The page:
If you roll it all up, the highly complex nodes and the different geometries that additive manufacturing was able to directly facilitate in a relatively cost-effective fashion made it a great choice for the task at hand. This will come to reflect a broader trend in architecture. While the existing mass production infrastructure for large-scale steel beams and girders should continue to provide the structural basis for our tall buildings for some time to come, aesthetic elements that provide uniqueness and intrigue to architectural statement pieces are truly made feasible by 3D Printing in a way that previously wasn't either possible or plausible, given the economics and limitations of other traditional manufacturing processes.

Organic Geometries Will Appear with Greater Frequency

Another phenomenon that we regularly see a 3Diligent is that 3D Printing has helped enable organic geometries that are otherwise extraordinarily challenging to fabricate with traditional technologies. Notable among these are gradually-arcing designs that draw inspiration from the curved shapes that we see all over nature. 3D Printing opens the door to more of these geometry types, empowering more buildings with gradually sloping organic shapes as you might see in a Calatrava design or a Guggenheim Museum. You'll note that virtually every 3D printed building takes advantage of this feature, as it effectively adds no incremental cost to the building's construction itself.  Your ability to hang paintings, however, might hit a snag.  To reference a classic hammer seeking a nail story, perhaps this is the dream nail that the curved TV screen hammer has been looking for all these years!

CAD Software's Unique Creations Can Be Easily Visualized and Transmitted to 3D Printing Processes

The last area that we see 3D Printing being used in architecture - and this is the longest tenured use case - is in modeling applications.  In recent years, architects have increasingly moved toward designing in CAD software.  This provides them much greater flexibility than a drawing board to make design edits.  Further, it provides customers 3-dimensional renderings of the spaces they have dreamed up.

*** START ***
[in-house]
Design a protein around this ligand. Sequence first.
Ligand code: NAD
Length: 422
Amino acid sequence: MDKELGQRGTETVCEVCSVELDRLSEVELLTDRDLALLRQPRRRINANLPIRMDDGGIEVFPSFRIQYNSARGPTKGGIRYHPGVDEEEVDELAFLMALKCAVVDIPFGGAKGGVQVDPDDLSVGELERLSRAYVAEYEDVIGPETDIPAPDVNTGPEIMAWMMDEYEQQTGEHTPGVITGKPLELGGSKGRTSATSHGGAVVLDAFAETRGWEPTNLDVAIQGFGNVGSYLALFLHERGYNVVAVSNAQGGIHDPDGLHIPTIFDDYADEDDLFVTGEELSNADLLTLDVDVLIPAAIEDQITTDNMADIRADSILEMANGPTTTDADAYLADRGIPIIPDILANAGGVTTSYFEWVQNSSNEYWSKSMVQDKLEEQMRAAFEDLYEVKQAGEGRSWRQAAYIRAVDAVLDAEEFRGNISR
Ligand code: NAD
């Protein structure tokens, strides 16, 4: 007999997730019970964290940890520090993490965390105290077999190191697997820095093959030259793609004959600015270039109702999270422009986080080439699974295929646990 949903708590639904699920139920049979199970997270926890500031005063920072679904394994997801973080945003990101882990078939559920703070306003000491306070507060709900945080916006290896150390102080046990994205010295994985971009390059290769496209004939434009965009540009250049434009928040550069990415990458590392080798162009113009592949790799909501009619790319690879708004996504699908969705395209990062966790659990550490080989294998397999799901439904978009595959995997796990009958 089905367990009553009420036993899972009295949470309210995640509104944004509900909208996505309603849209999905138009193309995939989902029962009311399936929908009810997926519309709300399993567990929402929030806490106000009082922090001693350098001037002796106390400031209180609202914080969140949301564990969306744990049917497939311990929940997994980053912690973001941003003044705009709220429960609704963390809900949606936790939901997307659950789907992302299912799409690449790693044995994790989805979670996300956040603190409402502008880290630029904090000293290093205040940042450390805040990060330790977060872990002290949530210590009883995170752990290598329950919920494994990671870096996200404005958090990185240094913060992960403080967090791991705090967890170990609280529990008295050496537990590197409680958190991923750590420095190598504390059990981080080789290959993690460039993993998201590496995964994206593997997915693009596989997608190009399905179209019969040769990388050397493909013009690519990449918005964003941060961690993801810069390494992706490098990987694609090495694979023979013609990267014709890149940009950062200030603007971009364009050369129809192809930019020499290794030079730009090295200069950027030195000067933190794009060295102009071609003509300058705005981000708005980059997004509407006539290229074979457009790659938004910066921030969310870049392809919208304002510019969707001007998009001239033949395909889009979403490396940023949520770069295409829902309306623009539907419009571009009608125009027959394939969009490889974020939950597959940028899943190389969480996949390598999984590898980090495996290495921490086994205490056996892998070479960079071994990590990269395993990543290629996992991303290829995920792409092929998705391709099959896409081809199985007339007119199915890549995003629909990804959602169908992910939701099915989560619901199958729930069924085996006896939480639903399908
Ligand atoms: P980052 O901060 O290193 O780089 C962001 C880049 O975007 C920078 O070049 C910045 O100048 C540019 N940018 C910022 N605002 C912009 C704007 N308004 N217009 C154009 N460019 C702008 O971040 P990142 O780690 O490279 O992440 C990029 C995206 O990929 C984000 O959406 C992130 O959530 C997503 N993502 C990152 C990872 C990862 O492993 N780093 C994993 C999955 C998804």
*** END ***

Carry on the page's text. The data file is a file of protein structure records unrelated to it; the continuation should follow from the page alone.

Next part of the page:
These CAD design files are readily transferable to 3D Printers.  So when architects wish to not simply take clients on a virtual journey, but to provide them a tangible model, 3D Printing provides architects a ready means to do exactly that.  Such prints can be produced in full color to fully realize the space.  In doing so, certain experiential aspects can be accounted for in a way that may not be truly possible with digital rendering - or without having a computer and screen handy.

3Diligent's Take: 3D Printing in Architecture and Construction

The ability to create unique, dramatic architectural elements more easily and cost effectively, to build new organic buildings from the ground up, and to realize full-color and to-scale models demonstrates three key ways in which 3D Printing is affecting architecture and construction today.  As more headlines like Rainier Square and the ICON houses capture the attention of the masses, we expect to see further exploration of what is achievable with 3D Printing, and additive manufacturing will soon become a key input to any architectural endeavor, especially those developments where the developers and architects want to make a statement.